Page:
I think any first generation American with immigrant parents will feel some strain in this relationship. There are certain culture gaps that you have to work hard to bridge, which can be extremely challenging and will make you feel isolated from your peers who don’t have these issues. There are still times when my parents don’t agree with my decisions due to cultural differences. It can be extremely difficult to forge your own path without constant approval from your parents but it ultimately renders you a tough cookie and an individual thinker.

Q: Did you have any Asian American/Pacific Islander role models growing up in media (i.e. movies/TV/music/books, etc.)? Did this affect your self-image?

Bollywood has this strange ideal of beauty where they cast the lightest skinned women they can find into high profile roles. It led to this extremely toxic phenomenon where being fair is the ideal that women and girls are to strive for. When I was in India, I noticed multiple skin bleaching creams being sold over the counter, which is just horrible. I didn’t really grow up immersed in Bollywood so I never felt that my self-image was impacted. However, being a darker skinned brown girl, I roll my eyes at the way we’re portrayed in media produced in our own motherland.

Q: How do you feel about the rise of Asian Americans/Pacific Islanders in media today?

Representation is great! It’s always meaningful to see someone from your background in mainstream media. Another interesting aspect of this is that Asian Americans are branching out from career paths that may be pushed on them (doctor, engineer, etc.) into things like film, literature, and fashion. I love seeing Indian kids who have all the options on the table. I was very lucky that my parents always encouraged me to pursue whichever career I found interesting and didn’t push anything on me. Ironically, I still chose the stereotypical path of wanting to be a doctor, but options are nice!

Q: If you could give your younger self advice regarding growing up Asian American/Pacific Islander, what would it be?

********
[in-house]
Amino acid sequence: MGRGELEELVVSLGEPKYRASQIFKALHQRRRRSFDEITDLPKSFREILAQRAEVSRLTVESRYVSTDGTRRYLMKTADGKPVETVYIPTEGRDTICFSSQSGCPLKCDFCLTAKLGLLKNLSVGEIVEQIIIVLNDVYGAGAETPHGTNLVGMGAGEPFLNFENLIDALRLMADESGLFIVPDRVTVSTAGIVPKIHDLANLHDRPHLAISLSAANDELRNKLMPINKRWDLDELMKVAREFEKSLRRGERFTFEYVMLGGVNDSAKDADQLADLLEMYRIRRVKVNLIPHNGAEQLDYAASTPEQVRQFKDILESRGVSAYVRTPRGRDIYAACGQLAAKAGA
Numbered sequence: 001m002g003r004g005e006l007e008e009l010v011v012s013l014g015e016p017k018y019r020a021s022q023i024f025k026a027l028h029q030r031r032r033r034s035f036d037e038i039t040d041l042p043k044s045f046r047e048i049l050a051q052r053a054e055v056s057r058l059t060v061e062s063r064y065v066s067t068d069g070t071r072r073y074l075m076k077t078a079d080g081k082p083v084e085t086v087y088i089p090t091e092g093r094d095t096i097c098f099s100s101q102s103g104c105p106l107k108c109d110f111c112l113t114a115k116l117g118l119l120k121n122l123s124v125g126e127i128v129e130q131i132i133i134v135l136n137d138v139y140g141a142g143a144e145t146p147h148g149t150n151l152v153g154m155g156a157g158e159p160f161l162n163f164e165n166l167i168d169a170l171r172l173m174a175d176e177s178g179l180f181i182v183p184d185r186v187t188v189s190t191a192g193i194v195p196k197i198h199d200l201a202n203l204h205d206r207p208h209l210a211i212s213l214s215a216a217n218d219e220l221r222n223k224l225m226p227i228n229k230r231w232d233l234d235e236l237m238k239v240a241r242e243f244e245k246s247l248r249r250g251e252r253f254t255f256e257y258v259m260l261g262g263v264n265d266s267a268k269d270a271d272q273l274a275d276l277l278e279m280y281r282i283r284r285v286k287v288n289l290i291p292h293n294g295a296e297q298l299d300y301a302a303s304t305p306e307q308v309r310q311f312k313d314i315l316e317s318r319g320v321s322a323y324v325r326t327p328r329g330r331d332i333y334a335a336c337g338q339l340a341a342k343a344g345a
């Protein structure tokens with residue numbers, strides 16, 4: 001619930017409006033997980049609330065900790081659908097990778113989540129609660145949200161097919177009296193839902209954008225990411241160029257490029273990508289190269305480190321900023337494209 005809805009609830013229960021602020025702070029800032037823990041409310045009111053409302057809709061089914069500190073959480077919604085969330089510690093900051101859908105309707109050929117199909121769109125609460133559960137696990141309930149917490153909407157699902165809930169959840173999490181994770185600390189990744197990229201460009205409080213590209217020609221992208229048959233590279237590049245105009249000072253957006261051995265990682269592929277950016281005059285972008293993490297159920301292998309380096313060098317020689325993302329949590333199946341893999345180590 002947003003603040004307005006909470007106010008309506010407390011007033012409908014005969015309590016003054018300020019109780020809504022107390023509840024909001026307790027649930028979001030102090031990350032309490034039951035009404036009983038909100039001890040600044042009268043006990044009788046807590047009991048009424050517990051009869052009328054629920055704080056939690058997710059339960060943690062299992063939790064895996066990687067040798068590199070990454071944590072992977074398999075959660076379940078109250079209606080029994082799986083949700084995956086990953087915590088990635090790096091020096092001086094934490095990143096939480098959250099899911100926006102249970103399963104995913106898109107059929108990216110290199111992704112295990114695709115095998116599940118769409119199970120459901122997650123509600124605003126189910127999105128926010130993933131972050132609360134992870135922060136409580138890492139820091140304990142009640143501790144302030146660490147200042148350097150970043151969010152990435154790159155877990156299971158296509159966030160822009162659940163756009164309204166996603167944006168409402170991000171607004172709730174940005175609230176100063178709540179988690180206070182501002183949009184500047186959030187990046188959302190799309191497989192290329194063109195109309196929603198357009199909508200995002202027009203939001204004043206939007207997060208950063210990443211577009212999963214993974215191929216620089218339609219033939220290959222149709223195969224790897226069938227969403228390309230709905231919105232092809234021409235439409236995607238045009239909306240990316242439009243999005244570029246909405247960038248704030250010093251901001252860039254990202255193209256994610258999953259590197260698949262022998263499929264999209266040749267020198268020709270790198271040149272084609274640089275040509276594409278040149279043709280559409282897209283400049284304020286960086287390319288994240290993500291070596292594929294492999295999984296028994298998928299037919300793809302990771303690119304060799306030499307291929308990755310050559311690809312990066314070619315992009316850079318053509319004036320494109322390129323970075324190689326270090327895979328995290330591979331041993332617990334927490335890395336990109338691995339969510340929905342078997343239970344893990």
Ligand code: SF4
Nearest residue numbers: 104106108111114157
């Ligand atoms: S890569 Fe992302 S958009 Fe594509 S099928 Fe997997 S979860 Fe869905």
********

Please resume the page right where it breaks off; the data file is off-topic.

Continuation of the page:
Try to engage in activities at your local cultural organizations or whichever watering hole your family is a part of. Having a few friends from a similar background goes a long way. You’ll have someone to appreciate the culture with and understands some of the challenges you may be facing.

Q: How do you connect with your heritage and culture today?

I make time to tag along with my parents when they go to cultural events. I recently attended a traditional Telugu wedding with them, and it was so interesting to see the various ceremonies. I’ve been to other Indian weddings in the past, but there is so much variation between different sub-cultures in India, so the Telugu one felt completely novel. I also jump on any excuse to get dressed up in Indian clothes now. It used to feel so cumbersome as a child but is such a fun change of pace as an adult. Oh, and I frequently go to Sunday Indian buffets with my parents, which is just the best. Considering I was a kid who hated Indian lunch boxes, I sure do love to indulge in naan!


About Amanda Immidisetti

Amanda is an aspiring physician who will begin medical school in August 2019. She currently works at a biotechnology startup that develops oncology therapeutics. Outside of her professional life, she loves to ride horses, travel and cook. Over the past year, she has been experimenting with plant based recipes and frequently shares meal ideas on Instagram. Much to the chagrin of her landlords, she is an animal lover. She currently has a sassy dwarf rabbit and two parakeets.

Instagram: @mandysetti